The last time was November 2013, months after I broke up my band The Howlin’ Shibanski. The quiet acoustic gig at an empty bar only deepened my sadness and emptiness, rather than provided the closure or hope that I thirsted for.
I’ll write about the band some other time.
Tonight, I performed three songs at an open-mic event in downtown Stockholm.
It was more of a personal triumph more than a successful performance. I didn’t turn into Douche Mina again. I was scared, nervous, and vulnerable. Nervous, frozen fingers didn’t stop from playing, I smiled and continued.
And when I hit the high or bolted the strong notes, I came alive.
I’ll practice and get back again to play. I don’t need the stage to feel whole or at home, I have that in myself and elsewhere now. But I am alive when I sing and play my music.
This past Wednesday was my first submission for the 30-Day Doodle Challenge. I think I actually grew as a person during this challenge!
My fellow KivranDanning asked me a month ago if I wanted to do the challenge with her. I had hangups about making art or drawing, but I went against them and just said yes. Just like with the Colories project, I’m moved by people’s reception of the posts, the amount of new people I’ve met on Instagram, and the amount of new artists I’ve discovered on the platform.
The goal was to doodle every day for a month. I started out by drawing on paper with pencil, but I felt frustrated by my lack of technique. I ended up just judging what I was doing. So, I switched over to digital drawing and I felt liberated by the medium.
I really enjoyed making this series. Even when I couldn’t draw what I felt or saw in my mind’s eye, every piece felt like an achievement for me.
There was no prior deliberation or preparation for the style or themes. Apart from the 2 submissions that were pencil drawings, I used Adobe Illustrator Draw and Autodesk SketchBook.
I kept on thinking of pointillism, as I did this and other similar pieces. I liked the idea of the extreme control in producing dots or points.
Pick and run with the simplest tool. I probably would have given up, had I continued with pencil drawings. There is value in just picking the simplest tool and making whatever you can with it.
Artists are just people who make art. I never dared making art before because I thought I needed someone’s acknowledgement or a degree from an art school.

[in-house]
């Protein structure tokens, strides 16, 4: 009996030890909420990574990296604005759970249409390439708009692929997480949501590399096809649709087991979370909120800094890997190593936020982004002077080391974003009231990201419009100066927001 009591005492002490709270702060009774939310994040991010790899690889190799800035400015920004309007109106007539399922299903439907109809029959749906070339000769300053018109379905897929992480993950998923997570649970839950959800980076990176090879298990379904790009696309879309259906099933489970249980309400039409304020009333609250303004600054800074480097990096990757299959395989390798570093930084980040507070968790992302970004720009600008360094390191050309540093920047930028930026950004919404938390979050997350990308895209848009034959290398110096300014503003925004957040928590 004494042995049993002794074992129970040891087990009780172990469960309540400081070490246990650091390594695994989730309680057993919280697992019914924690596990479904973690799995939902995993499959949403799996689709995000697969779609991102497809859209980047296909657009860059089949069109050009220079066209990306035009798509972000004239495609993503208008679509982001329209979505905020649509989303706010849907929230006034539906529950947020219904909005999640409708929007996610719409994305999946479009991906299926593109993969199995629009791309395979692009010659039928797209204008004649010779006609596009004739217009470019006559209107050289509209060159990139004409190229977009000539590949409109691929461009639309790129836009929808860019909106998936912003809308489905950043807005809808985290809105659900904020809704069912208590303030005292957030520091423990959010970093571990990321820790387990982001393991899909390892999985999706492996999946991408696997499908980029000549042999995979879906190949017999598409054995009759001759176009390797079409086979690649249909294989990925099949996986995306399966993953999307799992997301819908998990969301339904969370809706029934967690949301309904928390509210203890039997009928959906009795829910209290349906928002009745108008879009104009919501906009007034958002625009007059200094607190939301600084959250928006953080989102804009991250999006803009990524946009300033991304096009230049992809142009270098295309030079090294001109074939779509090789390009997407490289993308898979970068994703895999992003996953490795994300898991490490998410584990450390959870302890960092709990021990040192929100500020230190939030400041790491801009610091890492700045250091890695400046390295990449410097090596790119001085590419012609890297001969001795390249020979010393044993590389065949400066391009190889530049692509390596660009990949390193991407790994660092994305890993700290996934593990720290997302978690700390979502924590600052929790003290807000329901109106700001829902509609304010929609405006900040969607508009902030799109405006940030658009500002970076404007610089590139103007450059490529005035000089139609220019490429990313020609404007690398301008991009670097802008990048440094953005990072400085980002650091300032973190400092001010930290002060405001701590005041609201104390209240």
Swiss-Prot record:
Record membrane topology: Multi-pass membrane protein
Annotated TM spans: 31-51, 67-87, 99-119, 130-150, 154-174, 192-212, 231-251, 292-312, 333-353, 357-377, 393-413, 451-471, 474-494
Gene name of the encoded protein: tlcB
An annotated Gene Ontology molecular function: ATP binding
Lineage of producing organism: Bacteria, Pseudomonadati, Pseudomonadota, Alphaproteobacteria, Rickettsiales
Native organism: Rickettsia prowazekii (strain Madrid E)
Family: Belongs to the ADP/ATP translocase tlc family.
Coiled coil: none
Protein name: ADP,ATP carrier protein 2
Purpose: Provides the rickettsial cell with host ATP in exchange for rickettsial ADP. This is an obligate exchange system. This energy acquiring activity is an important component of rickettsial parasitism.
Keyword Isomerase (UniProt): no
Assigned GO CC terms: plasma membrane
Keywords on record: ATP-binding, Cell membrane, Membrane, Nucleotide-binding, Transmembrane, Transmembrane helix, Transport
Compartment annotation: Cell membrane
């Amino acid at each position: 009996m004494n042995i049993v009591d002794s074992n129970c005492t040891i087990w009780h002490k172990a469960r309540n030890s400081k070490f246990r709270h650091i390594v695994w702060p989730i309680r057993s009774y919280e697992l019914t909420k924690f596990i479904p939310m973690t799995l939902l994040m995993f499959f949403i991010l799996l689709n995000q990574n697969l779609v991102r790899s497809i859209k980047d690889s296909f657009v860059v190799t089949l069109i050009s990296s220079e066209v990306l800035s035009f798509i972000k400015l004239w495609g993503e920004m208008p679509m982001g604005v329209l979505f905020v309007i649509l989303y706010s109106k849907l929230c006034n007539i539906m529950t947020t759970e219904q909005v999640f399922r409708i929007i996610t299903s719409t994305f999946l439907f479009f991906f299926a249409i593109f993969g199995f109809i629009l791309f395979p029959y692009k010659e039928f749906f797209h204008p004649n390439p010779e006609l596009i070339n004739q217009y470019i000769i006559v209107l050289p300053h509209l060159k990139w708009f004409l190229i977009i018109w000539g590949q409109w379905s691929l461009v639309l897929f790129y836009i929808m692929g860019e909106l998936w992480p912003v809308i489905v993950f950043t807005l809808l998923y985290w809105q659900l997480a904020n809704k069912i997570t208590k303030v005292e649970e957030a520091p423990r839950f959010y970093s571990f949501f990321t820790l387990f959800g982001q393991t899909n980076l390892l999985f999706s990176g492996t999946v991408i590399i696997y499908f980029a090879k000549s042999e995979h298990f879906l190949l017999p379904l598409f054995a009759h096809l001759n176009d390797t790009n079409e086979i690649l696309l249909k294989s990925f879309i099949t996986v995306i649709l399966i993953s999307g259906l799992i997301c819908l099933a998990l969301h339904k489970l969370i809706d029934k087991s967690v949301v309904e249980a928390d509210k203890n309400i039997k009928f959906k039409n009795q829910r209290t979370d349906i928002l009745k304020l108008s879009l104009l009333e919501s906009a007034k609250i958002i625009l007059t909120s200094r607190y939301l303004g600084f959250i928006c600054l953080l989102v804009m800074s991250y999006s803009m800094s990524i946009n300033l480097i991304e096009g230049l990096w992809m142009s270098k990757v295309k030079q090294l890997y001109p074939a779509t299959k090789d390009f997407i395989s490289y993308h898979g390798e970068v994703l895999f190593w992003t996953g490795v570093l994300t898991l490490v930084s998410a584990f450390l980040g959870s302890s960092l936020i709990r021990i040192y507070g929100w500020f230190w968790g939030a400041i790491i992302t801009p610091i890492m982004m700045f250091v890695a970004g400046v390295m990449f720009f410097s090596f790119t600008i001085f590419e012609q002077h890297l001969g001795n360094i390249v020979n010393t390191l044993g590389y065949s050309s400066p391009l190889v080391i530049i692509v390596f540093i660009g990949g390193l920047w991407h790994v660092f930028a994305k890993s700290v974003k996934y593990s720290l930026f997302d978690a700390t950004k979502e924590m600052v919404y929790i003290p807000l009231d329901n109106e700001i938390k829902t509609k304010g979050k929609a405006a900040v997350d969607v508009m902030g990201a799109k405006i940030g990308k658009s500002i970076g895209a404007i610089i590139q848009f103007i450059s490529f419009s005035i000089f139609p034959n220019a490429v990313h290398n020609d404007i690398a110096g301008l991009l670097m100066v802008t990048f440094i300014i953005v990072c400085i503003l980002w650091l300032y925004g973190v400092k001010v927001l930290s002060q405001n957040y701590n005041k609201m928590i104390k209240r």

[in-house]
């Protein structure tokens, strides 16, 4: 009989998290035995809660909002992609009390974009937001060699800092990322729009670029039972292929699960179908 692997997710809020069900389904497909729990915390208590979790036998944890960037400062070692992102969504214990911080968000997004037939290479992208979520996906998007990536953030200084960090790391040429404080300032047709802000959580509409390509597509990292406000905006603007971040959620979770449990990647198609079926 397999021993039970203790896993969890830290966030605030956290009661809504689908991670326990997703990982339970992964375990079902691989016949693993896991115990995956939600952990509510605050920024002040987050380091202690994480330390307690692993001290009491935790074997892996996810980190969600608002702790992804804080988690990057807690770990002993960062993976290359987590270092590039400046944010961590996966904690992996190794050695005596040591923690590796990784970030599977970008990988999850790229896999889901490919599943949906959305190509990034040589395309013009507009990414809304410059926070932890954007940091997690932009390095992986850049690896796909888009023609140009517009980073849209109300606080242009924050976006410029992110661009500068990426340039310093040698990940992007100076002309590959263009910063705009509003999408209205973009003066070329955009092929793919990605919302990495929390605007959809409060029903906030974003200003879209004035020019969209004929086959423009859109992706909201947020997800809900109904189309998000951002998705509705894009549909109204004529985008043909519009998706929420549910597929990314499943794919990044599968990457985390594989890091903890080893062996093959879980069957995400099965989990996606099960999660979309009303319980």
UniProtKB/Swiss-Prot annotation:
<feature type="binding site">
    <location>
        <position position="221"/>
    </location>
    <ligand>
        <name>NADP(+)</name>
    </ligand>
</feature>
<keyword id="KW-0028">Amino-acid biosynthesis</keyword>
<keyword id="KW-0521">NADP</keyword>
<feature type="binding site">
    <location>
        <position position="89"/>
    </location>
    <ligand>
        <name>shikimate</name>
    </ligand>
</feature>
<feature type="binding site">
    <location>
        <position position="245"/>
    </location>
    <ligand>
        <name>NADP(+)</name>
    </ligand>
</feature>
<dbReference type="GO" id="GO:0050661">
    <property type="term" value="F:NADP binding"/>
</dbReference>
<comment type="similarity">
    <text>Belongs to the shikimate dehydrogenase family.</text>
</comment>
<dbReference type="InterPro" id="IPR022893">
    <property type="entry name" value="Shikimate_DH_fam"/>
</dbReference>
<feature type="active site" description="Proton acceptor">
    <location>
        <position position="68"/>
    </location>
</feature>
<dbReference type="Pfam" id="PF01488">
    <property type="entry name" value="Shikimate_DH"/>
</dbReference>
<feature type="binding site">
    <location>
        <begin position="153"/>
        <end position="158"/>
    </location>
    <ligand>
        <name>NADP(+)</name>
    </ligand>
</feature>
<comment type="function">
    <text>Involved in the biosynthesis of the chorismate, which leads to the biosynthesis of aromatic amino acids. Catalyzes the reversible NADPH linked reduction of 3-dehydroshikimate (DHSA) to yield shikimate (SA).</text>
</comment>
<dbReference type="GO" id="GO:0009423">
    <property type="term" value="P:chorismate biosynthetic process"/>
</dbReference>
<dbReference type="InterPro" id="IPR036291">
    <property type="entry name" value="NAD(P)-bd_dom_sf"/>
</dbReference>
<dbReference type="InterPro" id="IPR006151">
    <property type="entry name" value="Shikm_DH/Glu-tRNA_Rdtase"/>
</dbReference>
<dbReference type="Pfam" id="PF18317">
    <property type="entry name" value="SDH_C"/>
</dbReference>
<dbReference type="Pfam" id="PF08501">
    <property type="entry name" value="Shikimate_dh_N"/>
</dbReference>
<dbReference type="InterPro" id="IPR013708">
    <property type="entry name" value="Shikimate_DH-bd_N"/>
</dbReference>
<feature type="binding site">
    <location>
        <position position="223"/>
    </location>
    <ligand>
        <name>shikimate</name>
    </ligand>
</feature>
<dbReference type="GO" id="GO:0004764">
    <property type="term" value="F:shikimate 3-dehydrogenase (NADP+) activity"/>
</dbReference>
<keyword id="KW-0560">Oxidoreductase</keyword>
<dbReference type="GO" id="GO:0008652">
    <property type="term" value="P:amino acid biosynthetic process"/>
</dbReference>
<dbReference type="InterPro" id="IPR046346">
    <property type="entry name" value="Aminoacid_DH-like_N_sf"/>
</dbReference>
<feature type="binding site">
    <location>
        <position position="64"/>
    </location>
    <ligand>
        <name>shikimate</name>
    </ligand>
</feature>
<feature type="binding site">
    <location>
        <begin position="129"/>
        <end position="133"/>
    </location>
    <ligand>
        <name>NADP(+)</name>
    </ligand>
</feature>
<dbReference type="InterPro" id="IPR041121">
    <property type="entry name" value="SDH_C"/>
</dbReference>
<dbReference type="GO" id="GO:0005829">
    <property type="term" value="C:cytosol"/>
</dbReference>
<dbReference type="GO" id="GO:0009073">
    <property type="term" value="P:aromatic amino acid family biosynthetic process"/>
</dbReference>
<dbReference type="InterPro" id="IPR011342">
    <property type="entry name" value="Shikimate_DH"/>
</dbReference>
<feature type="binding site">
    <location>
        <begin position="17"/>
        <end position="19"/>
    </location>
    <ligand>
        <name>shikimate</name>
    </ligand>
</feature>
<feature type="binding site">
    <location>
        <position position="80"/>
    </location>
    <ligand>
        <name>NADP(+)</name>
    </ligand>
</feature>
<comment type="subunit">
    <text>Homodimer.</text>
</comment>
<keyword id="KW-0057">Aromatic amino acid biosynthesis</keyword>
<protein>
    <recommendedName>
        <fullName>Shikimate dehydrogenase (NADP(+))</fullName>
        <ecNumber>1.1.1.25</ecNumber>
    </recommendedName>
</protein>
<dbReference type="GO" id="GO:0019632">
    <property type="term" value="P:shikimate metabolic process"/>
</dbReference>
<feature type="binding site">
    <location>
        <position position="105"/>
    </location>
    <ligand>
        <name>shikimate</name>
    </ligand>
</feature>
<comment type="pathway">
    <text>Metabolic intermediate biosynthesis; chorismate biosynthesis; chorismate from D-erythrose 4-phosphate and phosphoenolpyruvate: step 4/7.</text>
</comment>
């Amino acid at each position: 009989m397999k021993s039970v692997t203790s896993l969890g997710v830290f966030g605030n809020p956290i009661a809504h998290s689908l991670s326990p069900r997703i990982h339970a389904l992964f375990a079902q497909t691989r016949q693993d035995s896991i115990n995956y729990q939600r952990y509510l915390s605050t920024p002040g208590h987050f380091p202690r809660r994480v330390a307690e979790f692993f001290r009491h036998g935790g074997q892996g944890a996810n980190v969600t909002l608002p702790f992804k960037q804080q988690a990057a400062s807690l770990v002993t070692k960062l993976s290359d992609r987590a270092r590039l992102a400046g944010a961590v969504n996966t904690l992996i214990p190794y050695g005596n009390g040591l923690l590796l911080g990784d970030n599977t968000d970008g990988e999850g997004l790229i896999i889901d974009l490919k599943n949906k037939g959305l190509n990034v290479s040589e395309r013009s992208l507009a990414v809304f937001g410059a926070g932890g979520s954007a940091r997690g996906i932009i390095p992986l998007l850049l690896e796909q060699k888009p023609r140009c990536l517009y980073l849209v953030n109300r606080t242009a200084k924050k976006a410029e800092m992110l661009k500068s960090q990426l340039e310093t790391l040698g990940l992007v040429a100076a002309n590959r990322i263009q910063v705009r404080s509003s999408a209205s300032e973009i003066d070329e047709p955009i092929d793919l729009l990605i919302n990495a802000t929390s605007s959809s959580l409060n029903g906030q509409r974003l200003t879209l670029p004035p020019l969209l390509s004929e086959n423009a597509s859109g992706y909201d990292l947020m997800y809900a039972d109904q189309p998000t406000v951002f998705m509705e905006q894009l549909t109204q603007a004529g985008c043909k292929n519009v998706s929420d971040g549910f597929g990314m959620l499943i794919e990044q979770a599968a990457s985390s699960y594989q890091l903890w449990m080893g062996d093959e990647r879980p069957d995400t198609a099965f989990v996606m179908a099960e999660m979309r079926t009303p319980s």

Constraints deepen the process. Just dabbing at the screen was fun, but I learned more and produced more interesting ideas when I enforced some constraint on myself – working with complementary colors, only points, only lines, and so on. It spurred me to be both conscious of technique and push myself further.
A friend told me that I should look into art school. I’m going to do that! Shout-out to her for the encouragement and vote of confidence.
I’m writing down words and ideas for a longer series about our inner emotional and thought lives.
Finally, I’m sketching or drawing every day on my tablet, without posting it online.
What started off as a curiosity with what could be done with a rubber duck, became a month-long comics series. I have been really moved by people’s reception of the posts, the amount of new people I’ve met on there, and the range of people I’ve encountered.
I wanted to reflect on the process, my favorite posts, lessons learned, and what’s next.
The goal was to produce a piece within an hour or two every day, for as long as the idea or concept seemed interesting to me. I didn’t want to get bogged down in the production or execution or polish. I just wanted to make art every day.
I really enjoyed making this series. Sometimes, I would get the idea a few minutes before taking the photo. And at other times, an idea would come to me and simmer for a while.
There was no prior deliberation or preparation for the style or themes. I decided all that when I took the shot. This kept me out of my head and ensured that the idea would be simple.
A few times, I ran out of ideas and so I would play with a cultural reference, pun, or simple using a prop.
Show up every day. I made this a part of my daily morning routine and it paid off. I looked forward to producing something, even on days where I felt low or empty. The process, rather than inspiration, carried me.
Listen to the weirdest idea. This is risky at first because it’s counter-intuitive. I thought that weird had to be planned or part of some greater theme. But just noticing and then following through with a weird idea is satisfying.
Don’t get bogged down in execution. Enforcing the external constraint of time (doing it quickly) helped me stay pragmatic in how I would make the episode.
It doesn’t have to be episodic to be episodic. The whole series is more an exploration of feelings and states, rather than a conventional narrative of a rubber duck. Sometimes, it was about me and sometimes the duck personified an idea or a problem, or just a human struggle. Keeping it loose and going also helped me to stay current and just keep on producing.
I’m about to finish a 30-day doodle challenge. I will write a similar post about that.
And then… I want to make more art! And learn how to draw. And paint digitally out in the world.
I saw a woman today for whom I have feelings. It’s a quiet, warm affection I have for her. I’m happy when I see her face. My body tingled when I’m around her.
I wanted to try to like her less today or in a less intense way. But I don’t fight like that anymore with myself. I accept and I surrender. Then, the feelings stay but they go quiet. They may have just wanted to be seen. Like putting with care a pacifier into an irritable child’s mouth.
Our last couple of hugs have been relaxed and charged with meaning. Familiar hugs. You know that they’re going to let go, but you’re not in a rush.
She’s strong, solemn, a fighter, and warm. I miss her when I don’t see her.